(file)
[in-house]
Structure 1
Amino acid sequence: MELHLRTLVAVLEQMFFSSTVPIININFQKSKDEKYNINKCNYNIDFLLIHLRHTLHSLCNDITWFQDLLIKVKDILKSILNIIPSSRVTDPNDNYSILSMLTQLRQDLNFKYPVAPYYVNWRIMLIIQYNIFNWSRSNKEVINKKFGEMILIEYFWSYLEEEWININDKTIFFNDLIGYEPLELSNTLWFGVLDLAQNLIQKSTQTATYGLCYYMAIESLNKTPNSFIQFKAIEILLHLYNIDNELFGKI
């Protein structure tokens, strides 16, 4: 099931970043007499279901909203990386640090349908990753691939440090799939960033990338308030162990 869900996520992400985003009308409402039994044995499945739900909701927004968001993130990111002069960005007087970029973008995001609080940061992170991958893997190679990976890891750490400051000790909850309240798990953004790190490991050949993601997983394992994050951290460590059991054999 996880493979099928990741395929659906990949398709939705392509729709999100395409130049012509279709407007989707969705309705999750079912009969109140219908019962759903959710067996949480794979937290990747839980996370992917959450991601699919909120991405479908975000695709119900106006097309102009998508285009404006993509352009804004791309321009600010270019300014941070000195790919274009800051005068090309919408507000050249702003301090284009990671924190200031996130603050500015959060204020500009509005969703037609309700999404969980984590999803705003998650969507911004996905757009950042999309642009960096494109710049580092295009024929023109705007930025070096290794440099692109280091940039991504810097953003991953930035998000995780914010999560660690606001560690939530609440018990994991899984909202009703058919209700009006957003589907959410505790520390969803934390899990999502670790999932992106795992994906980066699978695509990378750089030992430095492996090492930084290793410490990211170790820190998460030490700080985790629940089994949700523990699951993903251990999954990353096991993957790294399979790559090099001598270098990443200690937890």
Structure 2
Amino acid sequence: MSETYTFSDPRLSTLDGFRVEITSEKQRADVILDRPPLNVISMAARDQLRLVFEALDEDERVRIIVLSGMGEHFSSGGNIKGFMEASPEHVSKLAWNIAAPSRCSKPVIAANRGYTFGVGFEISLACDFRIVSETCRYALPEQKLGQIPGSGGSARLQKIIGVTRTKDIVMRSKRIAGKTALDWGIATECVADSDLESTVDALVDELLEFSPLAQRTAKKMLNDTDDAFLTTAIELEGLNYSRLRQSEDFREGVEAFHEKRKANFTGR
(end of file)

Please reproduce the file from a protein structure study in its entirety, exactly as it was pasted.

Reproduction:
[in-house]
Structure 1
Amino acid sequence: MELHLRTLVAVLEQMFFSSTVPIININFQKSKDEKYNINKCNYNIDFLLIHLRHTLHSLCNDITWFQDLLIKVKDILKSILNIIPSSRVTDPNDNYSILSMLTQLRQDLNFKYPVAPYYVNWRIMLIIQYNIFNWSRSNKEVINKKFGEMILIEYFWSYLEEEWININDKTIFFNDLIGYEPLELSNTLWFGVLDLAQNLIQKSTQTATYGLCYYMAIESLNKTPNSFIQFKAIEILLHLYNIDNELFGKI
């Protein structure tokens, strides 16, 4: 099931970043007499279901909203990386640090349908990753691939440090799939960033990338308030162990 869900996520992400985003009308409402039994044995499945739900909701927004968001993130990111002069960005007087970029973008995001609080940061992170991958893997190679990976890891750490400051000790909850309240798990953004790190490991050949993601997983394992994050951290460590059991054999 996880493979099928990741395929659906990949398709939705392509729709999100395409130049012509279709407007989707969705309705999750079912009969109140219908019962759903959710067996949480794979937290990747839980996370992917959450991601699919909120991405479908975000695709119900106006097309102009998508285009404006993509352009804004791309321009600010270019300014941070000195790919274009800051005068090309919408507000050249702003301090284009990671924190200031996130603050500015959060204020500009509005969703037609309700999404969980984590999803705003998650969507911004996905757009950042999309642009960096494109710049580092295009024929023109705007930025070096290794440099692109280091940039991504810097953003991953930035998000995780914010999560660690606001560690939530609440018990994991899984909202009703058919209700009006957003589907959410505790520390969803934390899990999502670790999932992106795992994906980066699978695509990378750089030992430095492996090492930084290793410490990211170790820190998460030490700080985790629940089994949700523990699951993903251990999954990353096991993957790294399979790559090099001598270098990443200690937890």
Structure 2
Amino acid sequence: MSETYTFSDPRLSTLDGFRVEITSEKQRADVILDRPPLNVISMAARDQLRLVFEALDEDERVRIIVLSGMGEHFSSGGNIKGFMEASPEHVSKLAWNIAAPSRCSKPVIAANRGYTFGVGFEISLACDFRIVSETCRYALPEQKLGQIPGSGGSARLQKIIGVTRTKDIVMRSKRIAGKTALDWGIATECVADSDLESTVDALVDELLEFSPLAQRTAKKMLNDTDDAFLTTAIELEGLNYSRLRQSEDFREGVEAFHEKRKANFTGR